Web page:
- 1) School of Biological Sciences, University of California, Irvine, 92717, Irvine, California
- 2) Department of Biology, University of California, Los Angeles, 90024, Los Angeles, California, USA
1. Population density, biomass, thermal relations and energetics of three common species of lizards (Anolis bonairensis, Cnemidophorus murinus, Gonatodes antillensis) were measured in a thornscrub community on the arid Caribbean island of Bonaire. 2. Population density and biomass estimates of these populations were 1318, 561, and 4200 individuals/ha and 4.2, 15.4, and 3.5 kg/ha, respectively. Although these densities are not exceptional for other Carribbean islands, they greatly exceed lizard densities reported for mainland communities. 3. Mean diurnal body temperatures are 33.4° C for Anolis, 40.4° C for Cnemidophorus, and 34.5° C for Gonatodes. Nocturnal temperatures average 27° C for all species. 4. Resting rates of oxygen consumption for all species were measured at naturally experienced diurnal and nocturnal temperatures. The values were used to calculate Minimal and more realistic Field Active estimates of the respiratory energy utilization of these lizard populations. 5. Minimal estimates of energy expenditure are 326, 950, and 268 kJ/(haxday) for Anolis, Cnemidophorus, and Gonatodes, and Field Active estimates are 693, 2510, and 379 kJ/(haxday), respectively. 6. These estimates greatly exceed values previously reported for other lizard populations. They also exceed reported values for the respiratory metabolism of populations of small mammals in temperate regions. 7. These values are probably not atypical of other tropical insular lizard populations, and the significance of these animals to energy flow in these communities has not generally been appreciated.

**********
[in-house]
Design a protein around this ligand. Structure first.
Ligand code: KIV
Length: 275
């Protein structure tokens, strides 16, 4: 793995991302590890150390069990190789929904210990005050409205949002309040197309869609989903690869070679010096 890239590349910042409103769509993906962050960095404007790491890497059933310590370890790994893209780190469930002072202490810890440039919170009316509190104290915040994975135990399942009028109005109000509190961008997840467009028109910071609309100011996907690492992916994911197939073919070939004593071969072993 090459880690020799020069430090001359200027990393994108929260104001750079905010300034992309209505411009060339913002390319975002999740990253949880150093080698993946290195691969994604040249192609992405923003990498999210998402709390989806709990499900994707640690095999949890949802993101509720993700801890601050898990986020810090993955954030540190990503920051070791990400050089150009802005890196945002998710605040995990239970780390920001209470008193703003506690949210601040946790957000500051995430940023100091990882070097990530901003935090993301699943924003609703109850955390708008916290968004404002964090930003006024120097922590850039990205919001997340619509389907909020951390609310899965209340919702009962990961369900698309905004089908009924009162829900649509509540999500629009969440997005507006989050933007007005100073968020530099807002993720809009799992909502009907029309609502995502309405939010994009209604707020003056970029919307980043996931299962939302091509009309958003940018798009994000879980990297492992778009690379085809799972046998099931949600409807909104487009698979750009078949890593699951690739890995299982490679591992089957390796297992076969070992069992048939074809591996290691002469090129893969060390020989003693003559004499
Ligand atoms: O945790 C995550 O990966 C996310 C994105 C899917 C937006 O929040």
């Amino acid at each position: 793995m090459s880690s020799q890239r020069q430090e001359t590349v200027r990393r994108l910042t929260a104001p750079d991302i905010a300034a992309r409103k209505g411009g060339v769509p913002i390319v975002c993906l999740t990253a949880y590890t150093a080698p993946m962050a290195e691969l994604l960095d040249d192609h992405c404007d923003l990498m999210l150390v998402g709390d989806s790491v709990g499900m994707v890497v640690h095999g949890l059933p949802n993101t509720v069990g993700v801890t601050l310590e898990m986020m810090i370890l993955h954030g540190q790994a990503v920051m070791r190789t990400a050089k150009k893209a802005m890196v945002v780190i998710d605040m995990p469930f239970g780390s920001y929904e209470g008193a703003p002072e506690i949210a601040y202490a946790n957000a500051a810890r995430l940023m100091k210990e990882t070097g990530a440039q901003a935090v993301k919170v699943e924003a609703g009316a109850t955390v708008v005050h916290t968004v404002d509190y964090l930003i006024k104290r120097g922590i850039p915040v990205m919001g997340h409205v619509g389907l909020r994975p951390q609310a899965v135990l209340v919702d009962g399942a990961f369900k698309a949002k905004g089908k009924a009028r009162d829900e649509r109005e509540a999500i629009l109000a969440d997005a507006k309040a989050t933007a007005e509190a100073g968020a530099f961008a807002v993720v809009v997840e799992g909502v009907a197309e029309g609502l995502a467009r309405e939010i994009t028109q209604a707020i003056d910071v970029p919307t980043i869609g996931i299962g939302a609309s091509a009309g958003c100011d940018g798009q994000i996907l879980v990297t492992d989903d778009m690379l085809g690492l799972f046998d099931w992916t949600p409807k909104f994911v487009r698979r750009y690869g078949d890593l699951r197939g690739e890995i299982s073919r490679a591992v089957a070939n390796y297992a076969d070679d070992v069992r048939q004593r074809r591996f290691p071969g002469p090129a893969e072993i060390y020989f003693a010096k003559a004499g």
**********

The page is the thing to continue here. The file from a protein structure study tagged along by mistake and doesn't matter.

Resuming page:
- 1 - sciences appliquees, technologies et medecines
- 2 - sciences biologiques et medicales
- 3 - sciences biologiques fondamentales et appliquees. psychologie
- 1 - Life Sciences ; 2 - Agricultural and Biological Sciences ; 3 - Ecology, Evolution, Behavior and Systematics